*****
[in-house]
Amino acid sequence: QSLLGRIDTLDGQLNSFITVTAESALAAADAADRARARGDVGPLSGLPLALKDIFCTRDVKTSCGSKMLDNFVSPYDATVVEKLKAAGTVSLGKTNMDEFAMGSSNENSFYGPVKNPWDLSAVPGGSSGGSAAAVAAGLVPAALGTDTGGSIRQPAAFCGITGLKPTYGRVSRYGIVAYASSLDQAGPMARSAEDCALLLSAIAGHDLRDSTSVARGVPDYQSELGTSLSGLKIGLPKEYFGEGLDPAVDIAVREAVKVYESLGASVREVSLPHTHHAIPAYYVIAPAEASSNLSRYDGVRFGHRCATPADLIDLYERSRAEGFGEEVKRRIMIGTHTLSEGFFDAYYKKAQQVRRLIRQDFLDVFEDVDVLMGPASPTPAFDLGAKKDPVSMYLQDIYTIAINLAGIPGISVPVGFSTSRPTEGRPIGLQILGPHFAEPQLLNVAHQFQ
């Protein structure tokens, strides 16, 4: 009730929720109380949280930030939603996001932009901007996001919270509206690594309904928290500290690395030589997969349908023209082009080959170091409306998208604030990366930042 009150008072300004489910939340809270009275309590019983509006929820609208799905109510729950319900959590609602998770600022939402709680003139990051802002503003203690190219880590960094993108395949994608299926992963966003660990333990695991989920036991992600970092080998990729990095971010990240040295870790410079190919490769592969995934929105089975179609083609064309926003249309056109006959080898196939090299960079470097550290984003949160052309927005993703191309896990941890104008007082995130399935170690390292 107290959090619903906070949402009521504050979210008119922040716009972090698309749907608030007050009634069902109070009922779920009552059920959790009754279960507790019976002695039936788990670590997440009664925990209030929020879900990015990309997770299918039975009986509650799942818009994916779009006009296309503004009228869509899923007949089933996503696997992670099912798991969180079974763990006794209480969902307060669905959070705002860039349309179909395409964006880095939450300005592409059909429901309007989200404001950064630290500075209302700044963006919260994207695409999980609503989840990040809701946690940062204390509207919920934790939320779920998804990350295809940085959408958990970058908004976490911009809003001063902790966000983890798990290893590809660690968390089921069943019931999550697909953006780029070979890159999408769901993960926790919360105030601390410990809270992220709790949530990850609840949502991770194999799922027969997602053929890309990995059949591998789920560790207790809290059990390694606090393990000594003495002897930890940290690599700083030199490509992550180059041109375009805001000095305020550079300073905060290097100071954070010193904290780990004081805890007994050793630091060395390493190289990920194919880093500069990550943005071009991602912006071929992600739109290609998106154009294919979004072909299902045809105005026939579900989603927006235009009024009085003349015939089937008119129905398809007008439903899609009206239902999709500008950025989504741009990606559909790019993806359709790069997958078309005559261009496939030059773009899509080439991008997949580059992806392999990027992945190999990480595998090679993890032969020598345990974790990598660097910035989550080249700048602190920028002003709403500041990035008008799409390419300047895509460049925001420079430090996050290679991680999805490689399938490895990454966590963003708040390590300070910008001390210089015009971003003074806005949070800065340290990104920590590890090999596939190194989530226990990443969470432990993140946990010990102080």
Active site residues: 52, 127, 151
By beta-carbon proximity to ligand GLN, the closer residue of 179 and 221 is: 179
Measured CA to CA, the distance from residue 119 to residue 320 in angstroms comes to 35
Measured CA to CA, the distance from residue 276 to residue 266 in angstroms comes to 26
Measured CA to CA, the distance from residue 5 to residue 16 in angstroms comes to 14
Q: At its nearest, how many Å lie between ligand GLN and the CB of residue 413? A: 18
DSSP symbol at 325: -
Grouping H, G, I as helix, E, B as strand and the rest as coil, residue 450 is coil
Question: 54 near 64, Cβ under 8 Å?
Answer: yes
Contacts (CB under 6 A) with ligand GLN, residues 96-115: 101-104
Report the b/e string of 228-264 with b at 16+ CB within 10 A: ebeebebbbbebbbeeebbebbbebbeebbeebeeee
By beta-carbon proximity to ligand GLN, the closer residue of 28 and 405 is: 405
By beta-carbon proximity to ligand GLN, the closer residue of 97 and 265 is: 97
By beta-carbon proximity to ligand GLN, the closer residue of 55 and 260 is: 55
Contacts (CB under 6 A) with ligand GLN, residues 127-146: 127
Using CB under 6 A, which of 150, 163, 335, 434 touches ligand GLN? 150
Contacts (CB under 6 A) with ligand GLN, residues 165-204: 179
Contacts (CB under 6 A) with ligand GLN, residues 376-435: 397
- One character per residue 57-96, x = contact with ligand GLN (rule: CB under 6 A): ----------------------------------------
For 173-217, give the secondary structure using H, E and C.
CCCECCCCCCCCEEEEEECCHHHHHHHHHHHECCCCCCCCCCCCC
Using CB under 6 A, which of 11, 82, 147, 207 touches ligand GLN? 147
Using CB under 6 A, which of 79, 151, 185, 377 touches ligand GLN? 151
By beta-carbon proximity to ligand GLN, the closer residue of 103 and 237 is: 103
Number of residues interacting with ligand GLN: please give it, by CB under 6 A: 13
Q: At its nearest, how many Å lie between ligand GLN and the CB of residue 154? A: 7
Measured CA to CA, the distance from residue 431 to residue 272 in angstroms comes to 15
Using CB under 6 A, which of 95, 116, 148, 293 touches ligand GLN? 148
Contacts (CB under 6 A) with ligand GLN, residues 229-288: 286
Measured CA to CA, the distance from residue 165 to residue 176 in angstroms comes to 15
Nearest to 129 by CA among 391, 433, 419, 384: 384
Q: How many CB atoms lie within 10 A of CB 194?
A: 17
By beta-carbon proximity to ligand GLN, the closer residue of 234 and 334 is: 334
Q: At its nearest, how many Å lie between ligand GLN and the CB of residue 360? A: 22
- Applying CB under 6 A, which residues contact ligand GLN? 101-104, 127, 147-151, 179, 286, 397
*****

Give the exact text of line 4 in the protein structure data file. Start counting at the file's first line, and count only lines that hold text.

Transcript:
Active site residues: 52, 127, 151